THE DEPUTY PRESIDENT:  Yes, I understand.


MR BULL:  The second matter concerns hot places.  And this reflects - - -


THE DEPUTY PRESIDENT:  As in warm rather than popular?


MR BULL:  I beg your pardon?


THE DEPUTY PRESIDENT:  As in warm rather than popular.


MR BULL:  Yes, temperature rather than atmosphere.  You don't need a loading for a hot place, in a general sense.  One of the issues with these claims, this is, once again, being candid, these are basically put on four years ago so this one is perhaps a bit simpler and is likely to be progressed.  But I can't imagine the evidence is going to be particularly complex.


Some of the matters I would say are just issues that can be dealt with.  They're problems with the drafting and so forth.  There's obviously the issues about we say the rates should be higher, and the evidence we would probably present in relation to that might be some general physiological evidence, concerning the effect of temperature.


THE DEPUTY PRESIDENT:  The effect of your proposal was two-fold, one to raise the payment for working in there and, secondly, the manner in which the actual temperature is determined.


MR BULL:  Correct.  And currently it's determined by - unilaterally, by the employer and we say it would be by agreement between the employee.  It's not uncommon, in awards, where that method is determined.  That could arguably lead to some evidence that the current provision is being abused.


The second one is dealing with 32.5, which is more dealing ambiguity and clarifying what we say is just - the current provisions seem to be ambiguous about meal breaks.  This is inserting a clarification which reflects what is common in other modern awards where if you don't take a break - if the employee doesn't get a break some penalty starts accruing.  It's ambiguous in the current award, because there's provisions that appear to contradict each other.  That's something there we wouldn't be - that'd be by submission.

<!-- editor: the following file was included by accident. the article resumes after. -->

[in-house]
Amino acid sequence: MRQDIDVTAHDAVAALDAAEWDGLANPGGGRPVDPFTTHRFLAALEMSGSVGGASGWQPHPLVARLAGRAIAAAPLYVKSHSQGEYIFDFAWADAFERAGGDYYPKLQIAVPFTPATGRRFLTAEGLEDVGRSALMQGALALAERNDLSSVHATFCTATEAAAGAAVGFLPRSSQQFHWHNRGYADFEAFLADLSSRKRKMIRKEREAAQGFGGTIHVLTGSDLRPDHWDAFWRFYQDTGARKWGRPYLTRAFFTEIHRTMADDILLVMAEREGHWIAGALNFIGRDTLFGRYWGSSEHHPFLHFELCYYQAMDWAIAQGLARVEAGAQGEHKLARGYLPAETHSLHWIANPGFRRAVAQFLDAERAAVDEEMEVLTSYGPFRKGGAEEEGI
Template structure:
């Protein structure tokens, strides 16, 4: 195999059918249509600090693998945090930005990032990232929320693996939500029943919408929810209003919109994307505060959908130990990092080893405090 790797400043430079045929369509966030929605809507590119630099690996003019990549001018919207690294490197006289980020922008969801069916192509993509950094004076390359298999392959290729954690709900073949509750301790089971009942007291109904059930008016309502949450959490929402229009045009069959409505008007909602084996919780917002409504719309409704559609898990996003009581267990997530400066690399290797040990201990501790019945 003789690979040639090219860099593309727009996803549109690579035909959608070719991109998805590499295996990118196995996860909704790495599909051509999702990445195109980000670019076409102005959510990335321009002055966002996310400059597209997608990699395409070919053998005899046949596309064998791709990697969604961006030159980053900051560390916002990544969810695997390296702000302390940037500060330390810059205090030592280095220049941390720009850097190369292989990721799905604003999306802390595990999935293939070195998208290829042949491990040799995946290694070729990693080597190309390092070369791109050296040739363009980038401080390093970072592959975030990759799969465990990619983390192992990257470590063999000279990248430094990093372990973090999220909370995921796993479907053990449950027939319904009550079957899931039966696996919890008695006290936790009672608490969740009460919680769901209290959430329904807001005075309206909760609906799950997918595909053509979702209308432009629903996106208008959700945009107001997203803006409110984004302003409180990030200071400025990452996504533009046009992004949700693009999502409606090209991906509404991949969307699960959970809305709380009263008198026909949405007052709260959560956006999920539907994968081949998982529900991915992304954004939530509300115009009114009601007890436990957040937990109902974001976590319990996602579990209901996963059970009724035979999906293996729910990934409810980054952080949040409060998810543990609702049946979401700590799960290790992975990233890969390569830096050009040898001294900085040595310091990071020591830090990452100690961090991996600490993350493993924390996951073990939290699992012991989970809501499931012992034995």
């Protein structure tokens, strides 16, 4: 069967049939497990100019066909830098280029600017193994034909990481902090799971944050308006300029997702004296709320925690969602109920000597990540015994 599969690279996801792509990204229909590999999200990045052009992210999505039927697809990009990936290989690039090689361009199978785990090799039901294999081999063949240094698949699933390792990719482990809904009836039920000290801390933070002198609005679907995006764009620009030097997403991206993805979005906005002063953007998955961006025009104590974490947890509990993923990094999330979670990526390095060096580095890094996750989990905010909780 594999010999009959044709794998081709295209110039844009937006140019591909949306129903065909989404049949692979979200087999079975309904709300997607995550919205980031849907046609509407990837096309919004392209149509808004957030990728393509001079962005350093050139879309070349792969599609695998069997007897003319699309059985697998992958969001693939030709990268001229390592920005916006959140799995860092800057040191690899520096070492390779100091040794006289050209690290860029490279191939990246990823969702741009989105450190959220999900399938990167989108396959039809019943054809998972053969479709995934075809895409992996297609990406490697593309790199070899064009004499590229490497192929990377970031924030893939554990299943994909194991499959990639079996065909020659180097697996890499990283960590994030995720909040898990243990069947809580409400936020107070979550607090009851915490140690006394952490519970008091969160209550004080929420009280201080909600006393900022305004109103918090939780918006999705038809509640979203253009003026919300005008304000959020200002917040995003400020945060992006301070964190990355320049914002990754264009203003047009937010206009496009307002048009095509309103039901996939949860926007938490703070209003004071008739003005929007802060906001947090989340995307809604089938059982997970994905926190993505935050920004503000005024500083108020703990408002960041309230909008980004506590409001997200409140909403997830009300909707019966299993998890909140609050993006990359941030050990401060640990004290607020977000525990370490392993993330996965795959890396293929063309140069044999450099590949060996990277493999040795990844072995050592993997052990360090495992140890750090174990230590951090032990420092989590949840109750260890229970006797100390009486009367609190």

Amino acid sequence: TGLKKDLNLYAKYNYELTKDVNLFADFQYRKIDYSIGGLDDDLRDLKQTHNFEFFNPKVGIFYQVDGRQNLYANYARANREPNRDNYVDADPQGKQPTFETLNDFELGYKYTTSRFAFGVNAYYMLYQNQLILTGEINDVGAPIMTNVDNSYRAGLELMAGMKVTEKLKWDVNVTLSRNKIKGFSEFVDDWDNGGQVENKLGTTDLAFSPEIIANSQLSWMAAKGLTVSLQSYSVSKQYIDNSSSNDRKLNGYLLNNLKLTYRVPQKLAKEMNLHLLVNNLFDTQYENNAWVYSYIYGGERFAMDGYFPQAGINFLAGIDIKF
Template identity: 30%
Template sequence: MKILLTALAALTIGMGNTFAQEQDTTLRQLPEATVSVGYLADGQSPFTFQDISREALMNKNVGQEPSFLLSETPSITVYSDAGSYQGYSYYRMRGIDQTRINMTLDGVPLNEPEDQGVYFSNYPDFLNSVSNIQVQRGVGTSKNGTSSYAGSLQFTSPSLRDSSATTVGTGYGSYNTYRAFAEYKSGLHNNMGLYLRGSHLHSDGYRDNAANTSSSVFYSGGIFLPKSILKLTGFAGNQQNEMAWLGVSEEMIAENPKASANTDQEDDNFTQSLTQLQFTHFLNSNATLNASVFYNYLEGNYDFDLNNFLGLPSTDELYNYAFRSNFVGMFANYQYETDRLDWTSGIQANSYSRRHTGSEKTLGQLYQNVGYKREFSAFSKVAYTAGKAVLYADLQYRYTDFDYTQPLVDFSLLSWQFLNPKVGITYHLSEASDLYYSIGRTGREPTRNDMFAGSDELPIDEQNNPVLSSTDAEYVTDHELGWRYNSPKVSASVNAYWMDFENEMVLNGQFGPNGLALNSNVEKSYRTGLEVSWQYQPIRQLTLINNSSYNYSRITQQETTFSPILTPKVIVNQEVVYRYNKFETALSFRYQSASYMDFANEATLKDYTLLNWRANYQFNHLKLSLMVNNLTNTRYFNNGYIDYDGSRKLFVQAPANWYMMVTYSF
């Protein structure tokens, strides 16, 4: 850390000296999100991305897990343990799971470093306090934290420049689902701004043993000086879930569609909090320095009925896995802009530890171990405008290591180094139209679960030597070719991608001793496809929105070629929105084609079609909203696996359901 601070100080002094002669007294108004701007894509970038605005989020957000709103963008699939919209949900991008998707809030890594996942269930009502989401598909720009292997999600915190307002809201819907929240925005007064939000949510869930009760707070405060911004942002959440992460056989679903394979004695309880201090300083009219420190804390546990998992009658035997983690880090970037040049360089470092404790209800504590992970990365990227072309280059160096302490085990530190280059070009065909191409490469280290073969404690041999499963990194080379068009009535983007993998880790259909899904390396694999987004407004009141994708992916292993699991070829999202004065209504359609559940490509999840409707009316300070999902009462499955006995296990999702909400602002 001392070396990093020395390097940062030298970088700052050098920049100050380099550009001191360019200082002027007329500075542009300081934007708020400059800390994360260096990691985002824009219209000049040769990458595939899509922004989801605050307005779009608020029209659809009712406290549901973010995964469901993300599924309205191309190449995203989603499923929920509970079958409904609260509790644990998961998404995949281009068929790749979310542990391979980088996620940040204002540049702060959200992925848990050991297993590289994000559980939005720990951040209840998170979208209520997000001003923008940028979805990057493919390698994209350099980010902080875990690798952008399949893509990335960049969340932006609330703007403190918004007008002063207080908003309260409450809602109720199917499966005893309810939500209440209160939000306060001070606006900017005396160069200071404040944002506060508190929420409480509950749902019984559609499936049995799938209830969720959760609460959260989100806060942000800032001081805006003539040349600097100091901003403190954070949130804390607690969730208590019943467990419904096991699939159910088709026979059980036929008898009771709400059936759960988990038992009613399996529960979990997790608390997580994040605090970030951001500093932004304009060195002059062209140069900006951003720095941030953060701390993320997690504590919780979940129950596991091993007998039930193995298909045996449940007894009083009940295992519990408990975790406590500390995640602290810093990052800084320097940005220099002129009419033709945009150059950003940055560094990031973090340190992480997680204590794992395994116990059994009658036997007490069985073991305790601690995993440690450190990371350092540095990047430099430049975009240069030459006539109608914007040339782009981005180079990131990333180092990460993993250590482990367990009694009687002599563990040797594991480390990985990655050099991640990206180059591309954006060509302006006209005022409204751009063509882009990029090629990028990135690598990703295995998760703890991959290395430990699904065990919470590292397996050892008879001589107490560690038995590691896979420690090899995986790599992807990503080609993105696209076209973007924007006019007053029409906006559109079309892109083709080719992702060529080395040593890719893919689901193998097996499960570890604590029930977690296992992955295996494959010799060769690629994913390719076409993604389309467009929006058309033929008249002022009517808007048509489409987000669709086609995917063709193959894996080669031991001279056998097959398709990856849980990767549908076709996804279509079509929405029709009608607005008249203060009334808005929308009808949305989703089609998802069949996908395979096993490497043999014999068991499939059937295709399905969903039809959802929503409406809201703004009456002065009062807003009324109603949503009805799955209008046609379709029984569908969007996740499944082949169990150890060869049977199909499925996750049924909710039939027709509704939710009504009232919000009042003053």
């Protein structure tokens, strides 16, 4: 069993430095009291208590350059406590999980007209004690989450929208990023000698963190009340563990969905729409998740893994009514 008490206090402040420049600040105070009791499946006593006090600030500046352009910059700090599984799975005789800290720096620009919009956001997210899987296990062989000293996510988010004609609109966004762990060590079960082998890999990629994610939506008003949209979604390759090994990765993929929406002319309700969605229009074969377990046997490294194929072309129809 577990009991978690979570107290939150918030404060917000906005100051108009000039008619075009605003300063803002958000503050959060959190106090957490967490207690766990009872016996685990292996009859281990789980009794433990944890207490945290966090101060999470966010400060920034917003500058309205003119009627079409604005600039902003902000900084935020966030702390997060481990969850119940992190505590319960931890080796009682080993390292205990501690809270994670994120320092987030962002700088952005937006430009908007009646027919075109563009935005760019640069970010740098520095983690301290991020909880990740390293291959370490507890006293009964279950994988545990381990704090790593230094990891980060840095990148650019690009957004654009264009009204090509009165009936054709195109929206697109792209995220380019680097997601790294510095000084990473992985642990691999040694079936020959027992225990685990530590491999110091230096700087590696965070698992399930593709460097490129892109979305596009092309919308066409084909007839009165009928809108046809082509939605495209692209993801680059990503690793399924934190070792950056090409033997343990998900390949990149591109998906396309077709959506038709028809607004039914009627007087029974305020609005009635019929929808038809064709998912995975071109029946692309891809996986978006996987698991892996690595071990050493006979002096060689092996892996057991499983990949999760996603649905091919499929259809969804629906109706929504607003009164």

THE DEPUTY PRESIDENT:  If I could just seek clarification, what way is it ambiguous?  It struck me that - - -


MR BULL:  Well, we've had a submission we filed that - - -


MR FERGUSON:  It struck me that you were just removing an ability to reach agreement on alternate arrangements, rather than addressing any further ambiguity.  The current clause provides, these are the words:


Except for where an alternate arrangement was entered into by agreement between the employer and employee concerned, the rate of  must be paid.


So that's you - - -


MR BULL:  I agree with that.  And the problem with that is we say the agreement is often not real agreement.  These are, essentially, factories, manufacturing factories for food and so forth and it's appropriate that there be some rigidity.  And when the employer's obliged to give the employee a meal break.  So I'm happy to characterise it that way.


The second one is clarification of - this is just, we say, once again, bringing this award in line with what's common practice in other awards, in relation to ordinary hours and overtime.  It's time and a half and then double time, after two hours, for overtime.  We wouldn't imagine having a lot of evidence about that.


MR FERGUSON:  Do you have a view about which awards your lining it up with?


MR BULL:  Manufacturing, sorry.


MR FERGUSON:  You're going to tell me that it's not common in manufacturing?


MR BULL:  No, sorry, food manufacturing.  The draft was, to some extent, based on the manufacturing award.  The manufacturing award is three, it's three in food.  You're actually not lining it up, you're actually changing it.


MR FERGUSON:  It's common in other awards to have two halves.  Security, cleaning, hospitality.  Then we have a claim, in relation to (indistinct) the definition of "shift worker".  So there seemed to be an ambiguity as to whether the additional week of annual leave is given to shift workers, under this award.  That would be bringing it in line.  That's an NES issue.


THE DEPUTY PRESIDENT:  As I apprehend it, the change that you want to make is - the current formulation is that a seven day shift worker (indistinct) entitlement to someone who is regularly rostered to work on Saturdays and public holidays, (indistinct) sorry, Sundays and public holidays, (indistinct) to delete Sundays and inserting weekends.  Presumably to catch Saturdays?